Retelling History

A few years ago, David Denby wrote about his experiences as a student in Humanities I-II, the “Great Books course,” at Columbia College.  In Smiling Through the Cultural Catastrophe, Dartmouth professor Jeffrey Hart “teaches,” for the general reader, his own version of the class, the distillation of decades of teaching and reflecting on the story of Western civilization.  By the time the reader has worked his way from Homer to F. Scott Fitzgerald, he has learned a great deal about important works of Western literature and has come to know a wise teacher with a sense of style, and a sense of humor, as well.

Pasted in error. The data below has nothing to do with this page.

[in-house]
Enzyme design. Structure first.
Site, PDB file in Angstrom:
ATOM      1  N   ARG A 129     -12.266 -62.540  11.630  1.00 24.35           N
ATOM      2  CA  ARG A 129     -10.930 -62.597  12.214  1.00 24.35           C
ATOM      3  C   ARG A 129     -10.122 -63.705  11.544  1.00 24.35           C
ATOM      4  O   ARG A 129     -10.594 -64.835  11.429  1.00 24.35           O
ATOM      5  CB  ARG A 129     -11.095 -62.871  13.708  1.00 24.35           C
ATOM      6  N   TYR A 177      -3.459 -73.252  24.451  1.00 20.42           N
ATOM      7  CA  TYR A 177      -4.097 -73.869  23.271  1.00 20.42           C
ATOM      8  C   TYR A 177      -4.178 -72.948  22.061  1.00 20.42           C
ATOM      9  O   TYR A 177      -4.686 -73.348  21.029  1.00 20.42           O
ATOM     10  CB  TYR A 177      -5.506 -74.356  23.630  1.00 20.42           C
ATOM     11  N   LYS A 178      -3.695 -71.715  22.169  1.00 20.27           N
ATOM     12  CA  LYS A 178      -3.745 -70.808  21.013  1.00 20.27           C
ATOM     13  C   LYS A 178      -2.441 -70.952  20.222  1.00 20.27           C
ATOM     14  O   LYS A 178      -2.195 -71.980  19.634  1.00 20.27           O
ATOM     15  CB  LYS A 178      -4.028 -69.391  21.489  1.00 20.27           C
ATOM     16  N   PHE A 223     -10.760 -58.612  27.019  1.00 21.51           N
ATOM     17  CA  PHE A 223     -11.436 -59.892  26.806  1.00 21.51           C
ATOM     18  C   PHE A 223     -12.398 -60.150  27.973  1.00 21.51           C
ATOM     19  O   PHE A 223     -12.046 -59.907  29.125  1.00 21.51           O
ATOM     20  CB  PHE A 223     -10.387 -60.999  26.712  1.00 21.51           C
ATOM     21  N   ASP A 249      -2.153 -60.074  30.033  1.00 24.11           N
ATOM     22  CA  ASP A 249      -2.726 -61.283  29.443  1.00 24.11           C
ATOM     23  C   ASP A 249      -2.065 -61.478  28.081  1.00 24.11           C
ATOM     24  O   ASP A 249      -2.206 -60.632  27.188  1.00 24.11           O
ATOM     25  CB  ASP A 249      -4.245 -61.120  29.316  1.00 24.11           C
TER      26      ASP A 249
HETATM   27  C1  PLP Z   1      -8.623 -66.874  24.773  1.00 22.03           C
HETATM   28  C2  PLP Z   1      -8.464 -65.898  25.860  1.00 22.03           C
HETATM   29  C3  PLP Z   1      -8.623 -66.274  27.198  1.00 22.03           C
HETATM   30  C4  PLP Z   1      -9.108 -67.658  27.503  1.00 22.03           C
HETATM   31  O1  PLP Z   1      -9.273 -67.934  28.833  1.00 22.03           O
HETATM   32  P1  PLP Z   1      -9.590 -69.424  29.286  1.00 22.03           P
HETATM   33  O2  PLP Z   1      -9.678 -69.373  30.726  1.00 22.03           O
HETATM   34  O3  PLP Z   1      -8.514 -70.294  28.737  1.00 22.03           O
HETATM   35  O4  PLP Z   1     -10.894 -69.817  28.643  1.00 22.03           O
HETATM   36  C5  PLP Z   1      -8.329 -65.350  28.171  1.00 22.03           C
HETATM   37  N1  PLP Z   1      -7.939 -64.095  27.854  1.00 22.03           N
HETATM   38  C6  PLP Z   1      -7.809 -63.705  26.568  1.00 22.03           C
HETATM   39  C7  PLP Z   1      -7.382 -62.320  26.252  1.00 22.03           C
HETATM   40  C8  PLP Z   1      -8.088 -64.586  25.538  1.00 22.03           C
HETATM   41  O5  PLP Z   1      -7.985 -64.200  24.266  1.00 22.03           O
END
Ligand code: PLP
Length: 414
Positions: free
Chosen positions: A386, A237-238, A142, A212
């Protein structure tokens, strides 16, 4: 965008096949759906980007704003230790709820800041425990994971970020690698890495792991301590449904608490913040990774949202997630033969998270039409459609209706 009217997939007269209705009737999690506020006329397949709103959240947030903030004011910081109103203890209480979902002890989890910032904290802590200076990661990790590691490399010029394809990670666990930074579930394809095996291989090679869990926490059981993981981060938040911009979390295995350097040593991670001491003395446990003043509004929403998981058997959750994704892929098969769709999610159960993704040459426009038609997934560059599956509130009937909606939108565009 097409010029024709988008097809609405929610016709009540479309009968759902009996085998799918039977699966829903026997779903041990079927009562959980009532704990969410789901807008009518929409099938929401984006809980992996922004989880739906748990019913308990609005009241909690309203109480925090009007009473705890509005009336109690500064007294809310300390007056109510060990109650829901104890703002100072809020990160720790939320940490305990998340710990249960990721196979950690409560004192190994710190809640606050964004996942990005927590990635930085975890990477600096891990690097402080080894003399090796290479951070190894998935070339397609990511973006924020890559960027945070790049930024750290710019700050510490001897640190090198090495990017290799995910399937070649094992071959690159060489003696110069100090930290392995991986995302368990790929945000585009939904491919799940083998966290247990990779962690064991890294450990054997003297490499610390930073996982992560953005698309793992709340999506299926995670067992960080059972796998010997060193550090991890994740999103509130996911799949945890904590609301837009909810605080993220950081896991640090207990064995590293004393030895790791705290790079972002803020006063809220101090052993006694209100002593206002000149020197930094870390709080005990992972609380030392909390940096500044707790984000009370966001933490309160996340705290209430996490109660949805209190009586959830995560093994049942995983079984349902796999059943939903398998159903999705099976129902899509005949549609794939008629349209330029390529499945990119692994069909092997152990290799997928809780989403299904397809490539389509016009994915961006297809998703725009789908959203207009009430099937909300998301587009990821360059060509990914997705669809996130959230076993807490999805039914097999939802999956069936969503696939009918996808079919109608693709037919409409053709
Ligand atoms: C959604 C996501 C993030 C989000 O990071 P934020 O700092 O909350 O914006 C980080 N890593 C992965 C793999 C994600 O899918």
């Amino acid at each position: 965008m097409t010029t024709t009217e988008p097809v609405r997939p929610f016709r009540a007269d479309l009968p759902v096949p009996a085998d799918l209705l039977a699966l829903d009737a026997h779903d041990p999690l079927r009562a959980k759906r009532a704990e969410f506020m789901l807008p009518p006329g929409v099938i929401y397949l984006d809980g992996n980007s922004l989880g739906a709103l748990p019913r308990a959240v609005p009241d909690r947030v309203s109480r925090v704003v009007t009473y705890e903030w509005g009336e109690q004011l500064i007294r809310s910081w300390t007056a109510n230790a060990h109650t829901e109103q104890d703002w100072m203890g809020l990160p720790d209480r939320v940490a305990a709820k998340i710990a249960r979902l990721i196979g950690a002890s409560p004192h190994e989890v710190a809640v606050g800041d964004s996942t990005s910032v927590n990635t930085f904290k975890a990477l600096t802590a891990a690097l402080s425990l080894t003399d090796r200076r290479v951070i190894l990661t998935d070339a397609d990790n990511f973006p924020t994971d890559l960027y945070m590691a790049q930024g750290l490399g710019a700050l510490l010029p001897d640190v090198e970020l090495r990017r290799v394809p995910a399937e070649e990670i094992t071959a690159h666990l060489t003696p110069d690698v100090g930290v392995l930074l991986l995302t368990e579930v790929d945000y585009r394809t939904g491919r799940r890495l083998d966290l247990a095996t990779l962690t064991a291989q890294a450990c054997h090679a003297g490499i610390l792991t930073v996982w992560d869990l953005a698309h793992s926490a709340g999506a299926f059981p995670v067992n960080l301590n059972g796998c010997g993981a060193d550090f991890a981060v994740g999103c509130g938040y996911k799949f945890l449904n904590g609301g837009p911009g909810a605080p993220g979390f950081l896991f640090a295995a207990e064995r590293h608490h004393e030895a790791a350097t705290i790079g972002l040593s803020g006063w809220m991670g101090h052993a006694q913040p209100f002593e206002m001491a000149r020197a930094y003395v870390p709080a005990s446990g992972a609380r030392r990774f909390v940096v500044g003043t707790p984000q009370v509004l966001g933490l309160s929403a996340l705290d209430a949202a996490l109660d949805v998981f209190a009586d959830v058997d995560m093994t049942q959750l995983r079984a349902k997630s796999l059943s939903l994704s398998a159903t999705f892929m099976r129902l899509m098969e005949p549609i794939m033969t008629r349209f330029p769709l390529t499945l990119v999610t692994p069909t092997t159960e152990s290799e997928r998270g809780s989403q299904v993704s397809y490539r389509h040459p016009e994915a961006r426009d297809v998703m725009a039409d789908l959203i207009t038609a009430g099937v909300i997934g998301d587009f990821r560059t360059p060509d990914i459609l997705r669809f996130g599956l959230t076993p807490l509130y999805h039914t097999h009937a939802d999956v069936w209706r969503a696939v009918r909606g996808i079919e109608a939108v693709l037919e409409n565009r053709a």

Undergraduates and older folk who remember their college days, even people without a college degree, will profit from Jeffrey Hart’s learning and insight.  They often find themselves today, like Dante at the beginning of his Comedy, wandering confused and afraid in a dark wood.  Beatrice in heaven sent Dante a helper: not one of his friends, such as Guido Cavalcanti, or another poet, such as Arnaud Daniel; not even Thomas Aquinas, the great Italian philosopher who provided much of Dante’s intellectual foundations.  No; in Dante’s hour of need, Beatrice sent Virgil, a damned pagan poet (if you will excuse the theologically exact description), because Dante needed to go back to the sources of his culture in order to get out of the forest, to...

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